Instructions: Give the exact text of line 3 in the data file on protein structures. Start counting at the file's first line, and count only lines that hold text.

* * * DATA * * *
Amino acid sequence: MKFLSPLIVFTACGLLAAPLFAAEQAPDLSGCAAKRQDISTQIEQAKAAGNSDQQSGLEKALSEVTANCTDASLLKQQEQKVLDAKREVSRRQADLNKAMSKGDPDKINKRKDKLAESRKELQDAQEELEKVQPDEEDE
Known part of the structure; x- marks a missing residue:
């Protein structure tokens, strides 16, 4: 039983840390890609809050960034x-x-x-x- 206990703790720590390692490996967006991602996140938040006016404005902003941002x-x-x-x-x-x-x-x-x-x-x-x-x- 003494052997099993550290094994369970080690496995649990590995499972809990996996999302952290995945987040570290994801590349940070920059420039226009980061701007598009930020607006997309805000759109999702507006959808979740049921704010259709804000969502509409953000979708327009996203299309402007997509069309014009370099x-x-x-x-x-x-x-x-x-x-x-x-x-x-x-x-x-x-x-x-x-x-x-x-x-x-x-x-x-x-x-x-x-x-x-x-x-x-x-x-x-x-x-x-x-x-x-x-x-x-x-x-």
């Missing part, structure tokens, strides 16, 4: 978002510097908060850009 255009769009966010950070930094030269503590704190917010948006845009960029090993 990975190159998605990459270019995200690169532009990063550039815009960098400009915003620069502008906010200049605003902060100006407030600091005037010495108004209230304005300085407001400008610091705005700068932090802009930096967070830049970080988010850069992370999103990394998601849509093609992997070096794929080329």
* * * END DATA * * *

């Protein structure tokens, strides 16, 4: 039983840390890609809050960034x-x-x-x- 206990703790720590390692490996967006991602996140938040006016404005902003941002x-x-x-x-x-x-x-x-x-x-x-x-x- 003494052997099993550290094994369970080690496995649990590995499972809990996996999302952290995945987040570290994801590349940070920059420039226009980061701007598009930020607006997309805000759109999702507006959808979740049921704010259709804000969502509409953000979708327009996203299309402007997509069309014009370099x-x-x-x-x-x-x-x-x-x-x-x-x-x-x-x-x-x-x-x-x-x-x-x-x-x-x-x-x-x-x-x-x-x-x-x-x-x-x-x-x-x-x-x-x-x-x-x-x-x-x-x-």